Filled Under: Gary Cooper
THEY LIVE AGAIN! DAUNTLESS MEN and WOMEN WHO KEPT AMERICA UNCONQUERED!
(original movie ad for “Unconquered”)
“Unconquered” (1947 – Paramount) is an adventure film produced and directed by the legendary Cecil B. DeMille and stars Gary Cooper, Paulette Goddard, Howard da Silva, and Boris Karlov. It is based on Neil Swanson’s “Unconquered”, a Novel of the Pontiac Conspiracy.
The story focuses on “Abby” Hale (Paulette Goddard), who is condemned to death by a British court, then offered clemency if she will become an indentured servant in America. She is bought and freed by militiaman Chris Holden (Gary Cooper). However, Martin Garth (Howard Da Silva), who is a supplier of illegal arms to the Indians, has other plans for Abby and manages to rebuy her. He takes Abby to the western frontier where she toils daily in a tavern as his servant. Chris rescues Abby and takes her in while Martin goads powerful Seneca Indian chief Guyasuta (Boris Karloff) to attack the colonists. Chris and Abby must contend with the warring Senecas, with Martin, and with their feelings for each other. They fight the wilderness surrounding them, escaping everything from Indian massacres and death-defying waterfalls to burning stakes and political ambush. Through it all DeMille manages to capture the determination of American colonists with his trademark air of spectacle and action-packed peril.
“The King’s Law moves with the king’s muskets, and there are very few King’s muskets west of the alleghenies.” – Martin Garth
“Nan Collins, my manager, came from Gary, Indiana and suggested I adopt that name. She felt it was more exciting than Frank. I figured I’d give it a try. Good thing she didn’t come from Poughkeepsie.” ~ Gary Cooper
Frank James “Gary” Cooper was born May 7, 1901. His career spanned from 1925 until shortly before his death in 1961, and comprised of more than one hundred films. Cooper received five Academy Award nominations for Best Actor, winning twice for “Sergeant York” (1942) and “High Noon” (1953). He also received an Honorary Award in 1961 from the Academy. Gary Cooper died May 13, 1961 of prostate cancer that had spread to his colon, lungs, and bones. He was originally interred in Holy Cross Catholic Cemetery in Culver City, California. In May 1974 his body was removed from the Grotto Section of Holy Cross Cemetery, when his widow Veronica remarried and moved to New York, and she had Cooper’s body relocated to Sacred Heart Cemetery, in Southampton, New York, on Long Island. Veronica “Rocky” Cooper-Converse died in 2000 and was buried near Cooper at Sacred Heart Cemetery.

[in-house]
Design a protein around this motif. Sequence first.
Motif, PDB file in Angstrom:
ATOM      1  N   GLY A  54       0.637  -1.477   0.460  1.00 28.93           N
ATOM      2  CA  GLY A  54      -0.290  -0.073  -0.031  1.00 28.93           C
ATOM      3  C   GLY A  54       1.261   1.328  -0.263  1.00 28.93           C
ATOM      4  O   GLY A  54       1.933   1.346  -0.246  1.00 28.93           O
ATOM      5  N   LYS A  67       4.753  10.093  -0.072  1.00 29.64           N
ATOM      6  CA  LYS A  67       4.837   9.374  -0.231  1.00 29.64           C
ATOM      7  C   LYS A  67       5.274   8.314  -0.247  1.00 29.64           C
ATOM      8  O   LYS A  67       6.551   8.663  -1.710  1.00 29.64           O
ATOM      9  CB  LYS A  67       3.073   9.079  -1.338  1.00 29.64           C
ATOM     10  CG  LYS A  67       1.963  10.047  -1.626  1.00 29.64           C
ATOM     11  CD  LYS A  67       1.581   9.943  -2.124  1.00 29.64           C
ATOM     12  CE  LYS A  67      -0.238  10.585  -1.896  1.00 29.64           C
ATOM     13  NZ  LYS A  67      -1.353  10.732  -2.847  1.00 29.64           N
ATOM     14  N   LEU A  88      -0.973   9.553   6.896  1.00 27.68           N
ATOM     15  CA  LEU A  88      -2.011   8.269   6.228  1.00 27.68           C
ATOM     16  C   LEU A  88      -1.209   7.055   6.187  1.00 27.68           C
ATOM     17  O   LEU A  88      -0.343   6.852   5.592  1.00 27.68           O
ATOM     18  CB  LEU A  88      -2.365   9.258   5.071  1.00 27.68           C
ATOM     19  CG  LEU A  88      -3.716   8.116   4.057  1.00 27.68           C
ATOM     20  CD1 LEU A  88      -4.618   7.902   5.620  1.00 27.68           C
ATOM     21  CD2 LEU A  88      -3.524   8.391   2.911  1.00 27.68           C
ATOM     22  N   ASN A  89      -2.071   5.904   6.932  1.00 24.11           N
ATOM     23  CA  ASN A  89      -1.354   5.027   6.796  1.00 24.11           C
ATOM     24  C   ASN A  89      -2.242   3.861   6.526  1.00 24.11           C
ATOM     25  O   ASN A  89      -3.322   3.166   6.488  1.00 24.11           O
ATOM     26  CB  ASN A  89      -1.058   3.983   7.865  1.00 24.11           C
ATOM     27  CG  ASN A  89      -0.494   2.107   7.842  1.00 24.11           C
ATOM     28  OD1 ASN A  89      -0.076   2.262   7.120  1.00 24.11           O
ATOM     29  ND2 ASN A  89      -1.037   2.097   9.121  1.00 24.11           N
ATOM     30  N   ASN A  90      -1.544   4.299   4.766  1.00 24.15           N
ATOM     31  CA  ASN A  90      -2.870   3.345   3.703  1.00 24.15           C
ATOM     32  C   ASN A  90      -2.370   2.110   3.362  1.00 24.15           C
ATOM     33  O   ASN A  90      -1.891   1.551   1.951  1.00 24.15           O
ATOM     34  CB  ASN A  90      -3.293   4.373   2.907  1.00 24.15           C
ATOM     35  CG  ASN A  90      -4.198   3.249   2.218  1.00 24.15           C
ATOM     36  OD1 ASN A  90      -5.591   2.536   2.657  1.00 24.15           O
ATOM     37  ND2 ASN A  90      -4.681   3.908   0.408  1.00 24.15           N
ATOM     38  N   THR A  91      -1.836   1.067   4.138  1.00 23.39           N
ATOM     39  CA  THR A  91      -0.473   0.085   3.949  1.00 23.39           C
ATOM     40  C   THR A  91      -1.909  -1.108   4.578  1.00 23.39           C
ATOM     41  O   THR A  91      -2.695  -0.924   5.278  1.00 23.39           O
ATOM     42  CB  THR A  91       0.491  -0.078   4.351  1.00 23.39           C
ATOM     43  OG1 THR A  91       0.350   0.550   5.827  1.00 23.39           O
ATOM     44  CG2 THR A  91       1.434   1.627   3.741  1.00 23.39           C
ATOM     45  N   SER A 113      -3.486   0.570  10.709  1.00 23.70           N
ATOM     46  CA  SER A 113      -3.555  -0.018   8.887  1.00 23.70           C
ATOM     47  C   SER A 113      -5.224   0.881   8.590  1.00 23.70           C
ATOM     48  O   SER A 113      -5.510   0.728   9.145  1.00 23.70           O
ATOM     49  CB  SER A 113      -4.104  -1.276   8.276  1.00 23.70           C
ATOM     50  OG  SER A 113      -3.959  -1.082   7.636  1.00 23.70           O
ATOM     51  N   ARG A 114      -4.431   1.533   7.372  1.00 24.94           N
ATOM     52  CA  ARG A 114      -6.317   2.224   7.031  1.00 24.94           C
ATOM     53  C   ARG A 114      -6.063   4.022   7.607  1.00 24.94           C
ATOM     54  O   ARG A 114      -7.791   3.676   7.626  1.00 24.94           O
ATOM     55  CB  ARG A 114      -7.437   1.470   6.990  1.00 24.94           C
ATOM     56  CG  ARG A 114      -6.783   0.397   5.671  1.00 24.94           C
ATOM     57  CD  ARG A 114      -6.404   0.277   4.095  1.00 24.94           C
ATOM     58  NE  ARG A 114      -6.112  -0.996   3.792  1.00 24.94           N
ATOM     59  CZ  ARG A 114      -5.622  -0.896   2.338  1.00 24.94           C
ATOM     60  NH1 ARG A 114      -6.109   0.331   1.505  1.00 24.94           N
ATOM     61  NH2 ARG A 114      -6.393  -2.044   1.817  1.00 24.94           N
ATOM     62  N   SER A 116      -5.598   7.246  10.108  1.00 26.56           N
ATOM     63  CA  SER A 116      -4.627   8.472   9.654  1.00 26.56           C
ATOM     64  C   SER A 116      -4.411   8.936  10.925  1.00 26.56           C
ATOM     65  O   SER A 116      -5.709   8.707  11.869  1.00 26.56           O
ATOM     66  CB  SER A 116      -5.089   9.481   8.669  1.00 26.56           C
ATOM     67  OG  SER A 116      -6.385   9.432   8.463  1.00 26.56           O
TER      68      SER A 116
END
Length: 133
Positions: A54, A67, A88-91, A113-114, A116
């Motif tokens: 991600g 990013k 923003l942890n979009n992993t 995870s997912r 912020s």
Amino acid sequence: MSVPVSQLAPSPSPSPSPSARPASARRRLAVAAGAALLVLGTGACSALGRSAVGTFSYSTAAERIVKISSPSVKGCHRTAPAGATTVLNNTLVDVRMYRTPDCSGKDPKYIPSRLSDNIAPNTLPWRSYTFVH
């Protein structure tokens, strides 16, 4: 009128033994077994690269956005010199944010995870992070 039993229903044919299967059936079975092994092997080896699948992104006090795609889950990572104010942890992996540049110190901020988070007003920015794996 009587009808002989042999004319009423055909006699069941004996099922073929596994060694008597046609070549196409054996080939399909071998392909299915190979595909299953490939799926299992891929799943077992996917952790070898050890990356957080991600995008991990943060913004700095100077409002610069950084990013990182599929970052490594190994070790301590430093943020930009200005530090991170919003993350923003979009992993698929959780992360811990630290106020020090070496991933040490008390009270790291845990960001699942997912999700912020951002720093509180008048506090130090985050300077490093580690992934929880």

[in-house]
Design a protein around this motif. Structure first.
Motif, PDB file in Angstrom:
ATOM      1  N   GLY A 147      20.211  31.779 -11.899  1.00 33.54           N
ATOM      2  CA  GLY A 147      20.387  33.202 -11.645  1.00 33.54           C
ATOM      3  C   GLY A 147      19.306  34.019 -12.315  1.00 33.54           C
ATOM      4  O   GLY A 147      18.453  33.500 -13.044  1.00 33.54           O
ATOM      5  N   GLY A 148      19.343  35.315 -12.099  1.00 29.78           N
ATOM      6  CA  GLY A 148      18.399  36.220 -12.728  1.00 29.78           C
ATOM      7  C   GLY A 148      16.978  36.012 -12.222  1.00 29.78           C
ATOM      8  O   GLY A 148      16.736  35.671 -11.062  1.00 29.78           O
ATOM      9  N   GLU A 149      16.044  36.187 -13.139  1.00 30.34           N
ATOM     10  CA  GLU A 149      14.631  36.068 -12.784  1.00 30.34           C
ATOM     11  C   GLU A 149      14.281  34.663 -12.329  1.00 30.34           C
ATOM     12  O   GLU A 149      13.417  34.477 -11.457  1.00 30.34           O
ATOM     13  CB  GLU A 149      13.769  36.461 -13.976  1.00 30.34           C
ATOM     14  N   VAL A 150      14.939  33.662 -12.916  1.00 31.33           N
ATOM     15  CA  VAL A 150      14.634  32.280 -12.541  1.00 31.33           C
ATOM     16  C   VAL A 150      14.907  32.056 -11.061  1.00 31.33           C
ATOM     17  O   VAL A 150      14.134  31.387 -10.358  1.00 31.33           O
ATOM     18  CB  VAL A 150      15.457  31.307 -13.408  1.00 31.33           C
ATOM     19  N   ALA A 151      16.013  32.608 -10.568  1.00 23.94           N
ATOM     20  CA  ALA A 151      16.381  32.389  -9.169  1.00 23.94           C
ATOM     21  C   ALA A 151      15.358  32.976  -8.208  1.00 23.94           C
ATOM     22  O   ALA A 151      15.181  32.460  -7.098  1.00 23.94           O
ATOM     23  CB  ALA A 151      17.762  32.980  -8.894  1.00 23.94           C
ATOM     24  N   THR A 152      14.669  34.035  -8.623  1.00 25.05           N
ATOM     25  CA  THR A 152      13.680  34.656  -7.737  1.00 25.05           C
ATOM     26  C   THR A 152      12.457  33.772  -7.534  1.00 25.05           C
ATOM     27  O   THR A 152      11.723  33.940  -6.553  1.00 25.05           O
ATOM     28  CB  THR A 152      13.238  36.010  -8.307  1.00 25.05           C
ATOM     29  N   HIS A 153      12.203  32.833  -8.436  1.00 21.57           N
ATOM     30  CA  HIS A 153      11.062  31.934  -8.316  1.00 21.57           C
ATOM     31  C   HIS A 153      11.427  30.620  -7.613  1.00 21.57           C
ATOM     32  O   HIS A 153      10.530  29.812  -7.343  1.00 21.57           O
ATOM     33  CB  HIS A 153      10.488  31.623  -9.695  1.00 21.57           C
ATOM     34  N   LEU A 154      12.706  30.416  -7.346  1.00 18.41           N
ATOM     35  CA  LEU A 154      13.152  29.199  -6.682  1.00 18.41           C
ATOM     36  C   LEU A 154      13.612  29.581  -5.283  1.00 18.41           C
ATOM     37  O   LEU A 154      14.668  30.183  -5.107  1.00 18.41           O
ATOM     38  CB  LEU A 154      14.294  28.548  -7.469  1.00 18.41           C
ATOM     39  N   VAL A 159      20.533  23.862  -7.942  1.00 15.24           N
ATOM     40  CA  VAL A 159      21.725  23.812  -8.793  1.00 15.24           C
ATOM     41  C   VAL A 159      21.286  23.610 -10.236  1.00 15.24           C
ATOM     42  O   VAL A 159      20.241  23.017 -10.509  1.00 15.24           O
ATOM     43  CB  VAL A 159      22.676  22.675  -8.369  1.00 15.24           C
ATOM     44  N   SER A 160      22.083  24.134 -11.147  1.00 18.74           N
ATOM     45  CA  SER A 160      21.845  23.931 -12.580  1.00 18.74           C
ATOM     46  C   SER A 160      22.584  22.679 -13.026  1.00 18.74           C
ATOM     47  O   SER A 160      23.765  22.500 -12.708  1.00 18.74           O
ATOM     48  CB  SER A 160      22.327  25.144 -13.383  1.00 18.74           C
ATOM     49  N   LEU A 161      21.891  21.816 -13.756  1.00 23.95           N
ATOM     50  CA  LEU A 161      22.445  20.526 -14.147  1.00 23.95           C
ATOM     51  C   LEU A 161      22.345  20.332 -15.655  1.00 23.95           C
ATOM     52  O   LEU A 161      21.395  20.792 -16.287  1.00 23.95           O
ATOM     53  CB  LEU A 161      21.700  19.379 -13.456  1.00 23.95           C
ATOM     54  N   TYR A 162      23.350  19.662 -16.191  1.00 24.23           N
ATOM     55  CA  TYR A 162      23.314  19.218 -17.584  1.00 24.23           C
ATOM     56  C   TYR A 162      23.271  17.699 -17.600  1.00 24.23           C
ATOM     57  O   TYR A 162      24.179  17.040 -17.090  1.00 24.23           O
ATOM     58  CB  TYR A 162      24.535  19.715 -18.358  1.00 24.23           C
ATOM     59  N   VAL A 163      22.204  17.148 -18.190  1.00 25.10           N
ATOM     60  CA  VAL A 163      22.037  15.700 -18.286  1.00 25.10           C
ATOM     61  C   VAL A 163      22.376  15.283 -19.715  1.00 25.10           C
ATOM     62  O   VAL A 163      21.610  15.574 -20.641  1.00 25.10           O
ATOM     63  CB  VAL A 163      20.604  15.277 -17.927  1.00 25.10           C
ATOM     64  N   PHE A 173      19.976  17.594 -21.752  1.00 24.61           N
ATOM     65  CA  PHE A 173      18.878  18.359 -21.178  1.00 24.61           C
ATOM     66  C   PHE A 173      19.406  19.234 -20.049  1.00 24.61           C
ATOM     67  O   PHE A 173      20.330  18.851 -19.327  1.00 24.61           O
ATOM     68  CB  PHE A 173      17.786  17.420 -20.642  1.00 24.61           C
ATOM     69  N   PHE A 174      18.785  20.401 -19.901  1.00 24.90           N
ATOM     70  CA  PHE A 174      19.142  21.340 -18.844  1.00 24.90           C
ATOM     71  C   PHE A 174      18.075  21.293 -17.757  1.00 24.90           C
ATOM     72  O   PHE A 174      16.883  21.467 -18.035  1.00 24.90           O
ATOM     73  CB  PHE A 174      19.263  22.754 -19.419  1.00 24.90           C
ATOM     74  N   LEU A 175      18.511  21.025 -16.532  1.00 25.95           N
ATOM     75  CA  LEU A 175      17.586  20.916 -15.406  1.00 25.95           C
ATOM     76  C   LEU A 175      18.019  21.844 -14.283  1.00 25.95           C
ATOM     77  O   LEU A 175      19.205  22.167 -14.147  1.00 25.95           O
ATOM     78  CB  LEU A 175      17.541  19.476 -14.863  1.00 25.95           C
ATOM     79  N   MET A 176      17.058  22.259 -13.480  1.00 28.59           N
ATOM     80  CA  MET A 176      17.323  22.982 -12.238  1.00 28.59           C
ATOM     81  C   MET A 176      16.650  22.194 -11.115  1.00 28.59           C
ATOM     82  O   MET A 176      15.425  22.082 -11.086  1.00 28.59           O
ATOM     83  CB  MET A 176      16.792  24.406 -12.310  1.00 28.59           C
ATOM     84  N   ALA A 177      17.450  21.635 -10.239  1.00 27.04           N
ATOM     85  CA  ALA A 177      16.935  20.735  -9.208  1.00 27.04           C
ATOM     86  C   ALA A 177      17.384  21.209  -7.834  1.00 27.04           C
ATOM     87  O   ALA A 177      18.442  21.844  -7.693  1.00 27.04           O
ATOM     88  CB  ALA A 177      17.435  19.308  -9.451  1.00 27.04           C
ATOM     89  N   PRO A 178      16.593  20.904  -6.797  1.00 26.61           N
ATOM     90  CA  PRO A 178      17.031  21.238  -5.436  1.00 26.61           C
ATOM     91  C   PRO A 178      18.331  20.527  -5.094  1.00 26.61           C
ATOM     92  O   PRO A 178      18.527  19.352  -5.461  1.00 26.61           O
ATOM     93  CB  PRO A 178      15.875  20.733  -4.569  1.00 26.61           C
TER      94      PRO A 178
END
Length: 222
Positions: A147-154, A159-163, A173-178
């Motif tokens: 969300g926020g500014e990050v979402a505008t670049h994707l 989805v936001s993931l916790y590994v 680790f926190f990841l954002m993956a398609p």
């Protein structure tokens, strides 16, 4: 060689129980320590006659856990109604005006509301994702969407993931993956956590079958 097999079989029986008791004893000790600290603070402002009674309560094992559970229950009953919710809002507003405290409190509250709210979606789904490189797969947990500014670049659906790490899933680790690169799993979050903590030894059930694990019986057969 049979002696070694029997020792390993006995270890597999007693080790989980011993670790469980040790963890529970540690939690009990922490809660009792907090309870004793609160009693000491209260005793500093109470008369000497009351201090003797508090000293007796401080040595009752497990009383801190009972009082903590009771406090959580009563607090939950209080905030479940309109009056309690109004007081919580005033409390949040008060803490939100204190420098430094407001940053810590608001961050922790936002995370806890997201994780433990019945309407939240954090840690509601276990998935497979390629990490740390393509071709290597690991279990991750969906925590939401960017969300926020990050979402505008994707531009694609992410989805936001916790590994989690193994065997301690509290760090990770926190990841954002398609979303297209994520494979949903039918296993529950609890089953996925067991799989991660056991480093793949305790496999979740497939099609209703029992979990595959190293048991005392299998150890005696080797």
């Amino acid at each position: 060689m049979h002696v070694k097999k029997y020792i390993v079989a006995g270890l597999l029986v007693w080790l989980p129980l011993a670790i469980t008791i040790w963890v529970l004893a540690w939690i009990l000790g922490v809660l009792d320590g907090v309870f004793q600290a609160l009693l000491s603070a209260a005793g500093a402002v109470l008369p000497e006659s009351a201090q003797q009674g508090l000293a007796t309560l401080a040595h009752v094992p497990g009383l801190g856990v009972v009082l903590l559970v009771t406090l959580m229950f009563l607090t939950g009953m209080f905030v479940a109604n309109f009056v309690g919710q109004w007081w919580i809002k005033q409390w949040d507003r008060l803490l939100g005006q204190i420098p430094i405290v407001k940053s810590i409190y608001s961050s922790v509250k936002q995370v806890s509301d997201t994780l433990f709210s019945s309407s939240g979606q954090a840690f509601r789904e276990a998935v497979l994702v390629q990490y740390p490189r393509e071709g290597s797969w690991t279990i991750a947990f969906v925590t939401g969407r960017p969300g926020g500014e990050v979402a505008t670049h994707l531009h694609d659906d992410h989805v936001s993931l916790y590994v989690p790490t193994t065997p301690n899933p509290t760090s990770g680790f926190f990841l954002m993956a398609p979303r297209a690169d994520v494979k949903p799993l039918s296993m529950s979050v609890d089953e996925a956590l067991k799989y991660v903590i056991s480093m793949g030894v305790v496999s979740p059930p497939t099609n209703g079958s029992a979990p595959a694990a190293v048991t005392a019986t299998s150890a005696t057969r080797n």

“Please make sure everyone knows how much their messages mean to me. They have added greatly to my peace of mind. I only wish some of the writers would take a more positive approach to the menace of cancer. I’ve got it, sure; but I’m not afraid to use the word. Some of them act like it’s a dirty word. That’s the wrong attitude. We should all bring it out in the open, recognize that it exists, and fight it! Cancer is everybody’s enemy. We can’t ‘think’ an enemy out of existence by ignoring it.” ~ Gary Cooper (April 1961)
“Having to work hard never had any real appeal for me, and that may have some connection with me being in the movies.” ~ Gary Cooper
“This is a terrible place to spend your life in. Nobody in Hollywood is normal. Absolutely nobody. And they have such a vicious attitude toward one another. They say much worse things about each other than outsiders say about them, and nobody has any real friends.” ~ Gary Cooper
“People ask me how come you’ve been around so long. Well, it’s through playing the part of Mr Average Joe American.” ~ Gary Cooper
The American Film Institute named Cooper among the AFI’s 100 Years… 100 Stars, ranking 11th among males from the Classical Hollywood cinema period. In 2003, his performances as Will Kane in “High Noon”, Lou Gehrig in “The Pride of the Yankees”, and Alvin York in “Sergeant York” made the AFI’s 100 Years… 100 Heroes and Villains list, all of them as heroes.